Written by 7:16 pm Europe Economy

EUR/SEK: Four scenarios for 2023 | Article

ECB and Riksbank policy

We expect the ECB to hike by 125bp by mid-2023, in line with the Governing Council’s recent rhetoric and the improved economic outlook in the eurozone. That would take the deposit rate to 3.25%, which is currently what markets are pricing in. Unlike the Fed, we expect rate cuts will only be a 2024-2025 story in the eurozone.

We expect 75bp of hikes by the Riksbank, but 100bp are also on the table

The Riksbank’s policy rate is currently at 2.50% and our baseline scenario sees 75bp of additional hikes in Sweden and a peak rate of 3.25% like the ECB deposit rate. This is in line with market expectations. We see, however, an elevated risk of 100bp being delivered. The reasoning behind this is that: a) inflation is still very elevated in Sweden (CPIF 10.2% year-on-year, core CPIF 8.4% YoY) and proved rather sticky in latest reads; b) there is a rather explicit interest by the Riksbank to support the krona (which would help fight inflation).

On this second point, the most straightforward approach to support SEK is not to underdeliver compared to market expectations on monetary tightening, especially at a time when the ECB is hiking aggressively. In our baseline scenario, we see the EUR-SEK short-term rate differential being capped as ECB tightening is fully priced in and the Riksbank can still moderately surprise markets on the hawkish side.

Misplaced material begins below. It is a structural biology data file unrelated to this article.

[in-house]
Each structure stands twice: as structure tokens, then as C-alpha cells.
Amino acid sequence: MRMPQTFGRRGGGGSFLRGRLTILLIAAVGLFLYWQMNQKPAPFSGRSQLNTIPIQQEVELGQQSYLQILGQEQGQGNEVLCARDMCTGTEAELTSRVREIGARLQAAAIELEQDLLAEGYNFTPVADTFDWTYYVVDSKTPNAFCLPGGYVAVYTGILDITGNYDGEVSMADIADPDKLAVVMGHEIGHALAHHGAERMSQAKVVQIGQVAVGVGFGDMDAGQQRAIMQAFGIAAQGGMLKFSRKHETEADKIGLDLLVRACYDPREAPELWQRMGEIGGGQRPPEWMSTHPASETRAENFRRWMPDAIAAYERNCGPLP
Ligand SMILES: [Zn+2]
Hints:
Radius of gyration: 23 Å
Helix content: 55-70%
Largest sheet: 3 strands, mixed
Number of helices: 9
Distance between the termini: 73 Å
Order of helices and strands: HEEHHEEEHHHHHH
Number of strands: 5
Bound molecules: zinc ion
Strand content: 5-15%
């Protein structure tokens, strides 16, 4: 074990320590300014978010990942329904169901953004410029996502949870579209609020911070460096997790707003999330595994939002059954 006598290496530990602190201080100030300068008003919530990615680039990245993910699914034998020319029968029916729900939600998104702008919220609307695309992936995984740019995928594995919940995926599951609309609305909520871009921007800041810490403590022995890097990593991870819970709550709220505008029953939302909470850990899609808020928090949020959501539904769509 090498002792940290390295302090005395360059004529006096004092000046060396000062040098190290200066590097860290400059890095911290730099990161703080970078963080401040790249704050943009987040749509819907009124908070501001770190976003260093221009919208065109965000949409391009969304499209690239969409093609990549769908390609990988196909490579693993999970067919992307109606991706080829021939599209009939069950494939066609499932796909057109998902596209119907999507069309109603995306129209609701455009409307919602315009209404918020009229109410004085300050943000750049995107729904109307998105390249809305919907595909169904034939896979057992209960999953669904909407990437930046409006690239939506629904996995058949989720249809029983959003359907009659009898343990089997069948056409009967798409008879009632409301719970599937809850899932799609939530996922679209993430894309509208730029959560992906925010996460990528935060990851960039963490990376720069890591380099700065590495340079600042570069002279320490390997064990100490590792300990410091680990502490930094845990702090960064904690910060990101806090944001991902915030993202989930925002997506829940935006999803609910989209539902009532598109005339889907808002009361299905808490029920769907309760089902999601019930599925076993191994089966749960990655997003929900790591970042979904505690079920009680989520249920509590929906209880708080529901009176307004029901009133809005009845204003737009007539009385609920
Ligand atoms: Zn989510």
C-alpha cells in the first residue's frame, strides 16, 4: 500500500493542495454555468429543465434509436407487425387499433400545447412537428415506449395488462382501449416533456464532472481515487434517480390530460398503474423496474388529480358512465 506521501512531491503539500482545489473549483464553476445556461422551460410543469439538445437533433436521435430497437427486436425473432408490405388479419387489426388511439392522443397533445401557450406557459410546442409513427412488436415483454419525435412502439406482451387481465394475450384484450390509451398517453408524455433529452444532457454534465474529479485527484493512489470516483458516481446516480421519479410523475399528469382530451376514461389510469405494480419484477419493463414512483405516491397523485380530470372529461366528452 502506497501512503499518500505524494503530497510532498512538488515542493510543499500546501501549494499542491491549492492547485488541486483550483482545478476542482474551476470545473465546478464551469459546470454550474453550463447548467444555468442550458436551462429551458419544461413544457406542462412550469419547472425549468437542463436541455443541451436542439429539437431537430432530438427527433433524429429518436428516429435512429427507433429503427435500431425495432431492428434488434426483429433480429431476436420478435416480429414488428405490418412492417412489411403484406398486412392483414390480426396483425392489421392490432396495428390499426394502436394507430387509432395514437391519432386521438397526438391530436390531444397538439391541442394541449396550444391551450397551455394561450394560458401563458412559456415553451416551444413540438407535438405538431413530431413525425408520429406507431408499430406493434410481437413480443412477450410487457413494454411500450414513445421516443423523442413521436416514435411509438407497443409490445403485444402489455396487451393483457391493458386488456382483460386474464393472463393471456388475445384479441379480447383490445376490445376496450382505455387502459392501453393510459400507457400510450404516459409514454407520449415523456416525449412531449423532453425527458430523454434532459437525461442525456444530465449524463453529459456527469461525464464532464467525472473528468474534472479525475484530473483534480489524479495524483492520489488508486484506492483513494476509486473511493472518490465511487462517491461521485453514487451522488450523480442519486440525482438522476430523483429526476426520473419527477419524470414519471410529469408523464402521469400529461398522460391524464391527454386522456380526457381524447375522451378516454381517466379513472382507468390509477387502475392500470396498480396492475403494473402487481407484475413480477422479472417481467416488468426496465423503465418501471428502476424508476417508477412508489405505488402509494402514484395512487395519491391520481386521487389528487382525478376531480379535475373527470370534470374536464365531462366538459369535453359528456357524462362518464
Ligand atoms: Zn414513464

The Riksbank explictly wants a stronger krona

The timing of rate cuts is another important point, especially for the EUR/SEK outlook in 2H23. In our view, for the same reasons mentioned above – and especially the Riksbank’s preference for a stronger SEK – the discussions about monetary easing will be delayed as much as possible. We currently pencil in the first rate cut by the Riksbank in 2024, and we expect it to come a few months before a similar move by the ECB.

Another approach to support the krona could go through FX reserves. The Riksbank accelerated the build-up of its FX reserves in early 2022, which essentially implied selling SEK to purchase foreign currencies (mainly USD and EUR). This seemed counterintuitive given the desire for a strong currency, but the Riksbank highlighted how reserve management was not part of the monetary policy framework.

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